England striker Raheem Sterling has said it was wrong for fans to defend Joe Gomez when he emerged as a replacement in the 7-0 Euro 2020 quarter-final win against Montenegro at Wembley on Thursday.
Manchester City's Sterling was knocked out of the game after clashing with Liverpool defender Gomez on Monday.
Sterling was seen applauding Gomez when he appeared on the Dragons sound.
"It was hard for me to see my colleague cry about something that was my fault," Sterling tweet.
"Haso done nothing wrong and for me to see someone holding his head down and working hard, especially after a difficult week for him, to argue when he appeared tonight was wrong.
"I took full responsibility and accepted the consequence."
"No England player should argue with that"
The row between Sterling and Gomez came to the English camp one day after the pair were involved in a field dispute during Liverpool's 3-1 defeat to Manchester City at Anfield on Sunday.
Sterling has since apologized for his actions and England boss Gareth Southgate has confirmed he will start the final qualifying match at Kosovo's Euro 2020.
Southgate said he was sad to see the reaction to Gomez's introduction in the second half against Montenegro.
"I'm very disappointed with oh," he said.
"Hado done nothing wrong and no England player should be taken advantage of when they wear the shirt.
"All players are particularly disappointed with that."
"Meaningless, unjustified and totally undeserved" – analysis
BBC Sport's chief football writer, Phil McConnell
England's night of celebration – their 1,000th match with the Euro 2020 qualifier since Montenegro was defeated – was marred by Gomez's tricky jogging.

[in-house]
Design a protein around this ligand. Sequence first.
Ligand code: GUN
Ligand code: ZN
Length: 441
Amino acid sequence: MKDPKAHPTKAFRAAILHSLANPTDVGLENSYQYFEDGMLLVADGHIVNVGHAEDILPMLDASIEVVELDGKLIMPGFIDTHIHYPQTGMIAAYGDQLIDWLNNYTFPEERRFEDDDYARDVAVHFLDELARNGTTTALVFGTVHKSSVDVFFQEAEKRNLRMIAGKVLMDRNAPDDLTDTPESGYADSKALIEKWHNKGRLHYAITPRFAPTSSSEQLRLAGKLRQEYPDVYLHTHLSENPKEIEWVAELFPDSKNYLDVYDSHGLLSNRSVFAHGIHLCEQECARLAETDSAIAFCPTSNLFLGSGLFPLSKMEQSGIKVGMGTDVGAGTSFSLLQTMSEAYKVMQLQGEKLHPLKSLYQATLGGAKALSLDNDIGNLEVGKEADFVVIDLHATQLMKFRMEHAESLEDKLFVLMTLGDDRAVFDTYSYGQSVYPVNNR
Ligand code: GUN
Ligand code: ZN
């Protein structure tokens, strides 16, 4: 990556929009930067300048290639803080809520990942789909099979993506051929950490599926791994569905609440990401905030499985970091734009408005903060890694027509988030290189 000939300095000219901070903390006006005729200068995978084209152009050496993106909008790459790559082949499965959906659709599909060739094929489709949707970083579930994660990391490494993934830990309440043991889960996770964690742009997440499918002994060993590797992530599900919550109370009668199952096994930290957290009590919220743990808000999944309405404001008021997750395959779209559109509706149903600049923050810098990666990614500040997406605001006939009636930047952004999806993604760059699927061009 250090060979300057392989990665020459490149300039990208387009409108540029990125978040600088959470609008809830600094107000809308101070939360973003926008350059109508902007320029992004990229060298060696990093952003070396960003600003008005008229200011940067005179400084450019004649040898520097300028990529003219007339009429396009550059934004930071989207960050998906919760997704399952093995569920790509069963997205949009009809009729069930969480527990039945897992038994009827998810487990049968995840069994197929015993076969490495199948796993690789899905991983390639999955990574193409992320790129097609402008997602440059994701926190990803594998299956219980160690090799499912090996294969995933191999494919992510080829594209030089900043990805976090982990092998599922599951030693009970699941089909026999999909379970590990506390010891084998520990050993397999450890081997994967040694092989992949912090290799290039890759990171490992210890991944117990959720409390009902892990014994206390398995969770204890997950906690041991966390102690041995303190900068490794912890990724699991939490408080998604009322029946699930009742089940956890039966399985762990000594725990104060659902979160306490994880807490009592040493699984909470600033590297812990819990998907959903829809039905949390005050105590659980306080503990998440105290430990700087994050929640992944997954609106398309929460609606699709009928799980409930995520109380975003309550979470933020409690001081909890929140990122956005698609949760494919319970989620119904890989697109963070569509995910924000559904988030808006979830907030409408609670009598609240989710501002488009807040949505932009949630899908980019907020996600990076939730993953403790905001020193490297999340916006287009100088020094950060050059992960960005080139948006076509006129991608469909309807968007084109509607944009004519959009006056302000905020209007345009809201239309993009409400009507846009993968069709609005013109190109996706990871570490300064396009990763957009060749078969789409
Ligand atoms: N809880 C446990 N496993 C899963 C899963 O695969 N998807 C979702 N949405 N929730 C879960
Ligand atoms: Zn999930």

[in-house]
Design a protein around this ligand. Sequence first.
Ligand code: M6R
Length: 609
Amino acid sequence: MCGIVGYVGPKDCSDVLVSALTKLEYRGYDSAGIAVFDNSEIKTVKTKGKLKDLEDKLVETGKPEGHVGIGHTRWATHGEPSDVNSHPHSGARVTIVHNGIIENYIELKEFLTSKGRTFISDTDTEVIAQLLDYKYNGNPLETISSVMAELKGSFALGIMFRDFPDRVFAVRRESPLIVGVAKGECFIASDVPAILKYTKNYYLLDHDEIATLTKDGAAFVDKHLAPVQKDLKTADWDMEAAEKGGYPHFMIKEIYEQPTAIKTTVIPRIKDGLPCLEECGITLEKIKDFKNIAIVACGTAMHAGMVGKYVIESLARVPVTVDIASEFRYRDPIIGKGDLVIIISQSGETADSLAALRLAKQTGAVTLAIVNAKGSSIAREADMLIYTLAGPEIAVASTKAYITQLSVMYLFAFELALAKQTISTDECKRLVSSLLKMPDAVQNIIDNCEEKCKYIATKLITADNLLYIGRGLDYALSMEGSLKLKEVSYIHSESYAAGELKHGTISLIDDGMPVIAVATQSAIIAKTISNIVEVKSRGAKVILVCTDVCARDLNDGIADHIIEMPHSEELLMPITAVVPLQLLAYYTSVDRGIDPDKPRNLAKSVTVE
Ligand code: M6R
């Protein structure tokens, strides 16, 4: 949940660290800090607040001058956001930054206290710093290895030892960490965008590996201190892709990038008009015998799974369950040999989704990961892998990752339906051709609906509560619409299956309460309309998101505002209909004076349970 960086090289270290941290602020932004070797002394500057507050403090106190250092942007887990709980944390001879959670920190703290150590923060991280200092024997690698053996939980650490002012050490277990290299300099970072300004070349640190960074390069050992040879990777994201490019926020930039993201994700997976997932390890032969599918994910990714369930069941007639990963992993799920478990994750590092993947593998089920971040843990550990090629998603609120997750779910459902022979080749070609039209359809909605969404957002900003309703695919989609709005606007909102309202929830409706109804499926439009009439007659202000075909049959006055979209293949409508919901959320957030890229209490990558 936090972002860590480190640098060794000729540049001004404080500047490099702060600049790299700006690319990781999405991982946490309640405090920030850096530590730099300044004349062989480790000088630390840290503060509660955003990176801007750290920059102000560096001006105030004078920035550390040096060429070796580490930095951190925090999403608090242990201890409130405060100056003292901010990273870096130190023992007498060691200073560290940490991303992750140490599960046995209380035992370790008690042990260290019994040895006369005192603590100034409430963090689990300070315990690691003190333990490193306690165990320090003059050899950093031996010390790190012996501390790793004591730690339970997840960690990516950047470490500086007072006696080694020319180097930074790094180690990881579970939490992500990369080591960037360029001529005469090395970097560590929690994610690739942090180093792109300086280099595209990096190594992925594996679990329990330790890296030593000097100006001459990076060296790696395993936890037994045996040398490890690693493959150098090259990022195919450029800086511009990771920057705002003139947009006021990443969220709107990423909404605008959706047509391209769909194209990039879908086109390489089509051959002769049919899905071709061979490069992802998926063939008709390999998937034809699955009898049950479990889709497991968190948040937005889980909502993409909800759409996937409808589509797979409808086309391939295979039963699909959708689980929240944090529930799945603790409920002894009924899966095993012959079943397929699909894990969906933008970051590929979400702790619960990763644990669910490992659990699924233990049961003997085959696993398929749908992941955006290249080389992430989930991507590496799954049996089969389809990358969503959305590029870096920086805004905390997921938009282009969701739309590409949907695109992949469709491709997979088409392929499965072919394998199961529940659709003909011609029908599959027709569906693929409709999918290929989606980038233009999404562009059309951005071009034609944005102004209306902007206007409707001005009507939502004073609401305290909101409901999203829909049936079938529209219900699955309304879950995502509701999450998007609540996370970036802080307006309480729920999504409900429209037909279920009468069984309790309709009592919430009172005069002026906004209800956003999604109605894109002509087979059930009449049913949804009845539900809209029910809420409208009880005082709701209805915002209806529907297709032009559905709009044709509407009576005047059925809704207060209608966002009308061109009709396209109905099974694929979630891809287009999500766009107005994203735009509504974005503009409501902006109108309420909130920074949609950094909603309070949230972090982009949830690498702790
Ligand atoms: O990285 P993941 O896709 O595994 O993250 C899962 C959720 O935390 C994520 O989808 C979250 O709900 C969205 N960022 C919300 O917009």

It was the unfortunate prolonged fall of the confrontation between the talented Liverpool defender and Sterling at Manchester City in a private area of St George's Park when England's squad gathered on Monday, the day after they clashed when the teams met at Anfield.
By all accounts it is suggested that Gomez is an innocent party, effectively confirmed when Sterling tweeted in defense after the match in response to the hostile reception he received when he was introduced as a 70-minute substitute.
Some English supporters heard a strange miracle, though Sterling was actually on the big Wembley screens, applauding as Gomez prepared to enter.
It was pointless, unjustified and totally unworthy and rightly condemned by both Southgate and Sterling, who accepted full responsibility for the incident in what was an exemplary response to his. That he was the main offender in the glittering should have been clear from his decision to exclude him from the game as a disciplinary measure.
Gomez deserves better than the shockingly bad treatment he received from some Wembley England fans. It gave nothing to those in charge and was an incident that disappointed Southgate and upset Gomez's teammates.
How sad that this took away the glitter that was supposed to be a gala occasion for England and the Football Association. Let's hope the strong words from Southgate and Sterling do not guarantee repetition.